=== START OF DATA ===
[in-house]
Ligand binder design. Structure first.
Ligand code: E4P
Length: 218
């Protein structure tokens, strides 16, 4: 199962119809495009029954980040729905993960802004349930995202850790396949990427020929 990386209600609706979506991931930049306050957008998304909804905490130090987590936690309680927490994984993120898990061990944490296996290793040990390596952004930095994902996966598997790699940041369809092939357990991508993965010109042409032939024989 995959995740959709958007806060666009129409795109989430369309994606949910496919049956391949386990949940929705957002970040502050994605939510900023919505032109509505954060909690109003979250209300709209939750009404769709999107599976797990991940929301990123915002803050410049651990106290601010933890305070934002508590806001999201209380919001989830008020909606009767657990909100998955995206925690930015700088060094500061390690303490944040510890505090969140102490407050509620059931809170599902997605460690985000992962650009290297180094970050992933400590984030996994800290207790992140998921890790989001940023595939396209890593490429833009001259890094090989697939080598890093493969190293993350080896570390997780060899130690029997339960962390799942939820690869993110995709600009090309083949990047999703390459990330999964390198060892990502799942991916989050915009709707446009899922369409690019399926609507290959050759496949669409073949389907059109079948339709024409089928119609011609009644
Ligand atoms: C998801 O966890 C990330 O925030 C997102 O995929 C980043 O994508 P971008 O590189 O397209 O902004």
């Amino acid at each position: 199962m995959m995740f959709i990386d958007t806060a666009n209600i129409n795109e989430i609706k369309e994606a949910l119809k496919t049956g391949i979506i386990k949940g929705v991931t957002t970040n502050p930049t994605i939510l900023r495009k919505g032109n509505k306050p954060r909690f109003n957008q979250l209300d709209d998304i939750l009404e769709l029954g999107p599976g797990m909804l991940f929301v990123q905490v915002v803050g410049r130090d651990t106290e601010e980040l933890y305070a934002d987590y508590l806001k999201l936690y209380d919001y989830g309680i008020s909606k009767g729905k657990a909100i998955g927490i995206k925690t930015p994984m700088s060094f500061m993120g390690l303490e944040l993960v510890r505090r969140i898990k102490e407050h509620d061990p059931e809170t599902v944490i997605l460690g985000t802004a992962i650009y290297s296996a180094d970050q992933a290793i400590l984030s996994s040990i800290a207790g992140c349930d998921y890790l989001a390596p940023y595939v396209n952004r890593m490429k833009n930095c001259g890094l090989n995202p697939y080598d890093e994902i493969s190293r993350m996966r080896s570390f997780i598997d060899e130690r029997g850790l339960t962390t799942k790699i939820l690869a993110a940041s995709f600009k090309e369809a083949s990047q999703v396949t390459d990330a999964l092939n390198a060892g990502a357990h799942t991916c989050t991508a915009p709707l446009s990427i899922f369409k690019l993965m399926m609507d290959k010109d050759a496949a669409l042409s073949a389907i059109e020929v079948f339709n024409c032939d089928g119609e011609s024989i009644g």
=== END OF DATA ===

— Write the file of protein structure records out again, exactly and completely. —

[in-house]
Ligand binder design. Structure first.
Ligand code: E4P
Length: 218
């Protein structure tokens, strides 16, 4: 199962119809495009029954980040729905993960802004349930995202850790396949990427020929 990386209600609706979506991931930049306050957008998304909804905490130090987590936690309680927490994984993120898990061990944490296996290793040990390596952004930095994902996966598997790699940041369809092939357990991508993965010109042409032939024989 995959995740959709958007806060666009129409795109989430369309994606949910496919049956391949386990949940929705957002970040502050994605939510900023919505032109509505954060909690109003979250209300709209939750009404769709999107599976797990991940929301990123915002803050410049651990106290601010933890305070934002508590806001999201209380919001989830008020909606009767657990909100998955995206925690930015700088060094500061390690303490944040510890505090969140102490407050509620059931809170599902997605460690985000992962650009290297180094970050992933400590984030996994800290207790992140998921890790989001940023595939396209890593490429833009001259890094090989697939080598890093493969190293993350080896570390997780060899130690029997339960962390799942939820690869993110995709600009090309083949990047999703390459990330999964390198060892990502799942991916989050915009709707446009899922369409690019399926609507290959050759496949669409073949389907059109079948339709024409089928119609011609009644
Ligand atoms: C998801 O966890 C990330 O925030 C997102 O995929 C980043 O994508 P971008 O590189 O397209 O902004």
């Amino acid at each position: 199962m995959m995740f959709i990386d958007t806060a666009n209600i129409n795109e989430i609706k369309e994606a949910l119809k496919t049956g391949i979506i386990k949940g929705v991931t957002t970040n502050p930049t994605i939510l900023r495009k919505g032109n509505k306050p954060r909690f109003n957008q979250l209300d709209d998304i939750l009404e769709l029954g999107p599976g797990m909804l991940f929301v990123q905490v915002v803050g410049r130090d651990t106290e601010e980040l933890y305070a934002d987590y508590l806001k999201l936690y209380d919001y989830g309680i008020s909606k009767g729905k657990a909100i998955g927490i995206k925690t930015p994984m700088s060094f500061m993120g390690l303490e944040l993960v510890r505090r969140i898990k102490e407050h509620d061990p059931e809170t599902v944490i997605l460690g985000t802004a992962i650009y290297s296996a180094d970050q992933a290793i400590l984030s996994s040990i800290a207790g992140c349930d998921y890790l989001a390596p940023y595939v396209n952004r890593m490429k833009n930095c001259g890094l090989n995202p697939y080598d890093e994902i493969s190293r993350m996966r080896s570390f997780i598997d060899e130690r029997g850790l339960t962390t799942k790699i939820l690869a993110a940041s995709f600009k090309e369809a083949s990047q999703v396949t390459d990330a999964l092939n390198a060892g990502a357990h799942t991916c989050t991508a915009p709707l446009s990427i899922f369409k690019l993965m399926m609507d290959k010109d050759a496949a669409l042409s073949a389907i059109e020929v079948f339709n024409c032939d089928g119609e011609s024989i009644g």